Some companies make products, others truly seek to make a
difference. It’s those companies that have gone above and
beyond—taking extra steps to care for the planet and people—who
serve as the inspiration for our two part series “Building Businesses For
a Better World.”
Having just celebrated Earth Day, we hope the first part of this series,
which centers around environmental sustainability, encourages you to
take a closer look at your company’s impact on the planet and issues
like global warming and waste. The organic industry has pioneered one
of the largest and most successful sustainability move-
ments ever, and now consumers are looking to us to set
the “green standard” in every area of our businesses. In
this issue’s cover story, renowned environmental con-
sultant Michael Brown walks us through some ways to
go greener—thinking about eco-consequences of the
full life of a product, from the energy and materials
used to create it to where it ends up when it’s “used
In Dialogue, we chatted with famed eco-designer and
co-author of the revolutionary book Cradle to Cradle,
Bill McDonough, who takes the concept of product life cycles one step
further, exploring ways to actually eliminate the concept of waste as we
One company that’s leading the way in both environmental and
social responsibility is Organic Valley, featured in this issue’s Enterprise.
They are proof that the triple bottom line can really work and offer
some great real world examples of how to make a difference through
But do consumers really care about all this? The answer is “yes”
according to The Hartman Group, whose sustainability study is featured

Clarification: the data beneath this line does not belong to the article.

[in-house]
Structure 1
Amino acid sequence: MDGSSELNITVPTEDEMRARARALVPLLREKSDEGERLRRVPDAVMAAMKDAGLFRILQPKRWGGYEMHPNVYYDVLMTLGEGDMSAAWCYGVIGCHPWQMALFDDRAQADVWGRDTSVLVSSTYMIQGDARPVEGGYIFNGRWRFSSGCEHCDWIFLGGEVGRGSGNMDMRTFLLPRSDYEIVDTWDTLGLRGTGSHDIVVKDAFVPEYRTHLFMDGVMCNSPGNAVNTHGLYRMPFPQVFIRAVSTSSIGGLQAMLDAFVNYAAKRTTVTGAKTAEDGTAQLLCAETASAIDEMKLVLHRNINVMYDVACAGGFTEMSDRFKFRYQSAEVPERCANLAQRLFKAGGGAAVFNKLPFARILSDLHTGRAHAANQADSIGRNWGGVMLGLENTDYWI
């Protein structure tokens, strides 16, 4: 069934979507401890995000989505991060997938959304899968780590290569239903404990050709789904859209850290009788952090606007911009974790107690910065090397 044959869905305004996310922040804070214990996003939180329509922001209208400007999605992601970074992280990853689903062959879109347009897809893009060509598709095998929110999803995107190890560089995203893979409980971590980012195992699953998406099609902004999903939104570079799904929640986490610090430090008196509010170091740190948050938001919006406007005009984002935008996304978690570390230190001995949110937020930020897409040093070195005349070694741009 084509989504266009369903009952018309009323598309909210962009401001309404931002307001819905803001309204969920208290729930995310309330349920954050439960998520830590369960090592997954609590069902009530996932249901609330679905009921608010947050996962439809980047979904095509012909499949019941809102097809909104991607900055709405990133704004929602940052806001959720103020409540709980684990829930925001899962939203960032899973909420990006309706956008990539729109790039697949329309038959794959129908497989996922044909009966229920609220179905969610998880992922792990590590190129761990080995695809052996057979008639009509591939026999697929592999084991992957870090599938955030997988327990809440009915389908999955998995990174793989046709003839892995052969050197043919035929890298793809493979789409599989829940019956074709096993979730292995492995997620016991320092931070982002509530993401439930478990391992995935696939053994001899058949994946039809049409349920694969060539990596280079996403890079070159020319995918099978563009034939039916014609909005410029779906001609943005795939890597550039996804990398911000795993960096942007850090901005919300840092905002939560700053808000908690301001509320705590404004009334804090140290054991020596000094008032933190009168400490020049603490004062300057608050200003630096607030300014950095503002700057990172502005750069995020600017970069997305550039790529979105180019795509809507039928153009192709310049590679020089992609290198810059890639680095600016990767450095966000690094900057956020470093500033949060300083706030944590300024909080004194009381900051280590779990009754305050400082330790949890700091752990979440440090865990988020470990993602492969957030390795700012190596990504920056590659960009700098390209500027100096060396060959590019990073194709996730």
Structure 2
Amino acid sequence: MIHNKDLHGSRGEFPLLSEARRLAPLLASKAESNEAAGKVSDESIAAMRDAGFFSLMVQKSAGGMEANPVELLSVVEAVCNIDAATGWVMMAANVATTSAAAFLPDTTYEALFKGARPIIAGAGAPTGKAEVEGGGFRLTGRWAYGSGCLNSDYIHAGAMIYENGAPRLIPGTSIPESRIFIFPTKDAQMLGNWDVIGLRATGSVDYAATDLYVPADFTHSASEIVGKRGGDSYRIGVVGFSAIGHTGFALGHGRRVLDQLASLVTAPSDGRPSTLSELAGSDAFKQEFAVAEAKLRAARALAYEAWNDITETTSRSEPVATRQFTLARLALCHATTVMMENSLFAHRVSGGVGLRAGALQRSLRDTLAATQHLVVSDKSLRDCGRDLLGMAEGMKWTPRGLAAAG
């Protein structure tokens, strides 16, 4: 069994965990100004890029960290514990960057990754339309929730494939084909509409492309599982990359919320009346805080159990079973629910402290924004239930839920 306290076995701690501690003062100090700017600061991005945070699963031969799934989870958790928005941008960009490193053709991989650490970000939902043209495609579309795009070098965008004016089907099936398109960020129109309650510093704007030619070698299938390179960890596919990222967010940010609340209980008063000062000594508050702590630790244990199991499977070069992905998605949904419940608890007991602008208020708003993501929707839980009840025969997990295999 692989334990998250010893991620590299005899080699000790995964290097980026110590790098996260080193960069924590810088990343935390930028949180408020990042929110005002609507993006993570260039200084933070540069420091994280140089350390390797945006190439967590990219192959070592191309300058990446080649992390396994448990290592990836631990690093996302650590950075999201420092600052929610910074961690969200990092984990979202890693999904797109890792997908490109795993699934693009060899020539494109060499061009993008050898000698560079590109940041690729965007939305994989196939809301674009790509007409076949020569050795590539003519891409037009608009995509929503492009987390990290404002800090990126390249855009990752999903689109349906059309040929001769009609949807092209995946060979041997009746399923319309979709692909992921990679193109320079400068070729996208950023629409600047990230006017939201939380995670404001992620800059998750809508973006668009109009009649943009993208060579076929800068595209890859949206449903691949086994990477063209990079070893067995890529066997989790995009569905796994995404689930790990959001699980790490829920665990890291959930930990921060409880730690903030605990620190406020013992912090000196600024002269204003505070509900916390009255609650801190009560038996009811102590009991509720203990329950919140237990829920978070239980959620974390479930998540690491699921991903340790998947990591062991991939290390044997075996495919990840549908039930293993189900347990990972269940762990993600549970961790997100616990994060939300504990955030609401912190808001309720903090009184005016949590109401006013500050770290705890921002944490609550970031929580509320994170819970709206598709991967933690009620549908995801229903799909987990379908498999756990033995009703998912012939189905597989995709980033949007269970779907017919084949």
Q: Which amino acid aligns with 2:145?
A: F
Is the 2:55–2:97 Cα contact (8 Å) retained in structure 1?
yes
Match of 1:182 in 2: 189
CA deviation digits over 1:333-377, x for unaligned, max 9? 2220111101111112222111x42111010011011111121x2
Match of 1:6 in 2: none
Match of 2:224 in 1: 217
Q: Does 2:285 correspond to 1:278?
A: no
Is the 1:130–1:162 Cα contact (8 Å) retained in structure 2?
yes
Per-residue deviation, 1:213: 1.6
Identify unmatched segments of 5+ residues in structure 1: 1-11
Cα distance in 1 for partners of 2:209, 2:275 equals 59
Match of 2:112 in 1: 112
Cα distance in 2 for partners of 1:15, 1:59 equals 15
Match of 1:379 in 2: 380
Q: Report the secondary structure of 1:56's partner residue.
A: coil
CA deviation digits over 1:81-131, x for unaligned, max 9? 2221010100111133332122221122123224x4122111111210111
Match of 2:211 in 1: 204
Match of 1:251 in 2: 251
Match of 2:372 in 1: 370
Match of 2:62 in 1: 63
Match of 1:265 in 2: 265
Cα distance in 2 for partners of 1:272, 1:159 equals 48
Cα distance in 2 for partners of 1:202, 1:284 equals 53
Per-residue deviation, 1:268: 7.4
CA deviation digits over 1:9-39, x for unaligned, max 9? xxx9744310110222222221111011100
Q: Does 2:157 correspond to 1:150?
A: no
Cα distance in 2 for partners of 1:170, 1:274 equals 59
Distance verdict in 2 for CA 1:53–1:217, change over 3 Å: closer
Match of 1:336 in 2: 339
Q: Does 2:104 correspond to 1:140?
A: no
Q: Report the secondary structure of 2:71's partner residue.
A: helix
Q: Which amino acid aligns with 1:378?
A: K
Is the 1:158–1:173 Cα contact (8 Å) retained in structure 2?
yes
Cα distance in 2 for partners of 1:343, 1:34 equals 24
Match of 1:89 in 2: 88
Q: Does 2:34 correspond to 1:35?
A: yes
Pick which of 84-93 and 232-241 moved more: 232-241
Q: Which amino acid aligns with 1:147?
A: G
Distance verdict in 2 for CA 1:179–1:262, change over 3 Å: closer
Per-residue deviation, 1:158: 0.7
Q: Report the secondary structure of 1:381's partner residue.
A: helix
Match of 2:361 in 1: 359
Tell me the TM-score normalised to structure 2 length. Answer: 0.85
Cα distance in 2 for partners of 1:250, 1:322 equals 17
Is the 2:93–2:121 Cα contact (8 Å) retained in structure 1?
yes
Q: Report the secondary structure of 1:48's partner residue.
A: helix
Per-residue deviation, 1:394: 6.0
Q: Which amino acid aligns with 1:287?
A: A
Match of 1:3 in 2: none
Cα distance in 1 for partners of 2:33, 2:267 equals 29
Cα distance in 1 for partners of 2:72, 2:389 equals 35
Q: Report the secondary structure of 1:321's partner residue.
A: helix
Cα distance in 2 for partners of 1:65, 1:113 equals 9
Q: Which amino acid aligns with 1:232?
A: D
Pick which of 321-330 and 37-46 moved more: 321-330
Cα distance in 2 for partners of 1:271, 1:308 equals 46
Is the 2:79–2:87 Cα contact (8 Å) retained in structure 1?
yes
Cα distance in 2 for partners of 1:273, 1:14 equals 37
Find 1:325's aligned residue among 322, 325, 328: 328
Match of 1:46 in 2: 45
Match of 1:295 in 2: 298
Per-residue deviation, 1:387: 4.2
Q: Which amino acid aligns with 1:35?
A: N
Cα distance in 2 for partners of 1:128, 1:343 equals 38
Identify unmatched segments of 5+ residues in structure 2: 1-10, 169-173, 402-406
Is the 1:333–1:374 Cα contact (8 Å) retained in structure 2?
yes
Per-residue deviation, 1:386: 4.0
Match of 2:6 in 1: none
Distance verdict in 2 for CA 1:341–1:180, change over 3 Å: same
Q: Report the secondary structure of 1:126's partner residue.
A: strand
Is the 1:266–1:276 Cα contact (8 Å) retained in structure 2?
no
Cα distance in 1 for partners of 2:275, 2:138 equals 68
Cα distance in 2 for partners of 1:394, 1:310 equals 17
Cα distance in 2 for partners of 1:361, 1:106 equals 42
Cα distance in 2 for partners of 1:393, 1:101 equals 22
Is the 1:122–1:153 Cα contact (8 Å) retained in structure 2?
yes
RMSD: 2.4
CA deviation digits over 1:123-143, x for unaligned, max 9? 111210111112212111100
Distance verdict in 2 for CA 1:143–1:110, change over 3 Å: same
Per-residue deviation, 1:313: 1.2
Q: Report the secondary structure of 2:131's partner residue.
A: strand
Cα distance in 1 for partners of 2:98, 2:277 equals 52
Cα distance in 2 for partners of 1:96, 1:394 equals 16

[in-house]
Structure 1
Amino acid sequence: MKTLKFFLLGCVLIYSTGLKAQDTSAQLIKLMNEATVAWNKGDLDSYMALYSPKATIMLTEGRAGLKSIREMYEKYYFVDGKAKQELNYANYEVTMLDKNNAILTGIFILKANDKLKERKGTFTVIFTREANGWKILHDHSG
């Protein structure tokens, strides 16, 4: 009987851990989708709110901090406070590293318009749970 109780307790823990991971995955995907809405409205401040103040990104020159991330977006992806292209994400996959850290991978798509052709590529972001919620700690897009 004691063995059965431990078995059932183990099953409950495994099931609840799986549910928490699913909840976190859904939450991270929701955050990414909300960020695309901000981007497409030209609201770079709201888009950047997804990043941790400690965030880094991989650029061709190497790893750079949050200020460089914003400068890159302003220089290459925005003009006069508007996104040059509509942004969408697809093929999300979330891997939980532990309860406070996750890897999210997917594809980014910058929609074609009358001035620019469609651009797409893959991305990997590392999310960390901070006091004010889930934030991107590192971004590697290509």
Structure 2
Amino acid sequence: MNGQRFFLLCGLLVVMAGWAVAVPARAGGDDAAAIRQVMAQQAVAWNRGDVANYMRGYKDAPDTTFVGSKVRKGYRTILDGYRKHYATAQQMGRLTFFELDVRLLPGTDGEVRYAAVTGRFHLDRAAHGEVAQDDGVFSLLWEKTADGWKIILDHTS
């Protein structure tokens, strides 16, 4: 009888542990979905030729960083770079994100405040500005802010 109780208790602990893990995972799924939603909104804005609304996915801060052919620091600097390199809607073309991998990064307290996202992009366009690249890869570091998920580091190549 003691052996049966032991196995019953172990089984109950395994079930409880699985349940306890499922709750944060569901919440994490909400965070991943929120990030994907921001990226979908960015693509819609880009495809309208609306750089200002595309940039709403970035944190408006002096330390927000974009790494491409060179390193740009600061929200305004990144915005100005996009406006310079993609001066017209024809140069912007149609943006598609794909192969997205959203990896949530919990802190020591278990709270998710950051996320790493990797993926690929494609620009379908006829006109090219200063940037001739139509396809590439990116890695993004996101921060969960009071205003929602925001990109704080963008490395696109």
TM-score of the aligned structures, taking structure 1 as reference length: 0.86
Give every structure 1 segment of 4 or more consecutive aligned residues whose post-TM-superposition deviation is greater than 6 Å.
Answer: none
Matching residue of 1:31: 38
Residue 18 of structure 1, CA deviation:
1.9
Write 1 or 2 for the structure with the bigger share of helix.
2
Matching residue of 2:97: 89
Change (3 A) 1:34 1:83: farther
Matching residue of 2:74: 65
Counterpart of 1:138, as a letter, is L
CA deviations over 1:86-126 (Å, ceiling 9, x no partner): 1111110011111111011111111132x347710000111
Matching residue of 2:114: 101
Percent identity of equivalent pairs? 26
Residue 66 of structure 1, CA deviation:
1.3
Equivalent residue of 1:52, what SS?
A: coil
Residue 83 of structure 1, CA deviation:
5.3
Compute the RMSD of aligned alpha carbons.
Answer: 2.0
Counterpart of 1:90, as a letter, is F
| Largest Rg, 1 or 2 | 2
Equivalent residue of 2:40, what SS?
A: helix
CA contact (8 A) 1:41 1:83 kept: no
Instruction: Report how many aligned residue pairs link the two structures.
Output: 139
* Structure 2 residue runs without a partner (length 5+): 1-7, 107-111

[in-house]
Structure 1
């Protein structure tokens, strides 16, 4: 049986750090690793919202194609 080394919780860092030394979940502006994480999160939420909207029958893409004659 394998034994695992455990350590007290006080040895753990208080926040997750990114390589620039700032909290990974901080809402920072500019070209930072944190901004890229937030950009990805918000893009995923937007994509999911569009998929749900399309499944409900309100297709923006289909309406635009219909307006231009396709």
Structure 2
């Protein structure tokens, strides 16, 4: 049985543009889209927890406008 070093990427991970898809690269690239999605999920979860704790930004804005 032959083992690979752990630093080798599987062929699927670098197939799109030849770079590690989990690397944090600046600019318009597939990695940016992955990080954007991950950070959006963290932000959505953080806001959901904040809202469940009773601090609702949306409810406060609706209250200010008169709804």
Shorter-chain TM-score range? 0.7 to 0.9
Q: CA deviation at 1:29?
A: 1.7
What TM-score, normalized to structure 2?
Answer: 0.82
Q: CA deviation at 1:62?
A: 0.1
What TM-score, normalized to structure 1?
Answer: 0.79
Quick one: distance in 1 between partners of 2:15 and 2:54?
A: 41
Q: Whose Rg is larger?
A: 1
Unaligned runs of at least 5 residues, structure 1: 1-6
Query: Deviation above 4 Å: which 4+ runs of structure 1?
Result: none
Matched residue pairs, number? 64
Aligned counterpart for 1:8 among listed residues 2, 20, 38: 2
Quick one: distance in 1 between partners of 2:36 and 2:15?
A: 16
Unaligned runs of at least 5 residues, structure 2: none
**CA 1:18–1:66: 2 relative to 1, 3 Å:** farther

in Market. Consumers are looking to you to help them create a better
future. I know, as a core organic consumer, I always try to buy products
from companies who I see are doing the right thing. It’s empowering to
know that with each organic purchase I am doing something good for
myself, as well as the planet and others I share it with. On the other
hand, when I see organic products with irresponsible packaging or marketing materials, it puts up a red flag, making me question the authenticity of that company.
In Managing, Mark Davis discusses what it really means to be an
authentic leader. For most of us in organic, we say we care about the
planet and people, but being authentic means doing what we say we
believe in. The first step is education—read up on the subject, watch
“The Inconvenient Truth,” be knowledgeable about reducing carbon
emissions, recycling and eco-friendly packaging. Make sure that everyone you work with, from your marketing team to your employees, is part
of this mission too.
Together we can make a difference!
Chief Executive Officer Don Meeker
Publisher Stacy Atchison
Advertising Manager Bobby Meeker
Editorial Director Kathryn Schuett
Art Director Craig Van Wechel
Circulation Manager Andrea Karges
Sales Assistant Allison Demmert
Office Manager Vicki Martin
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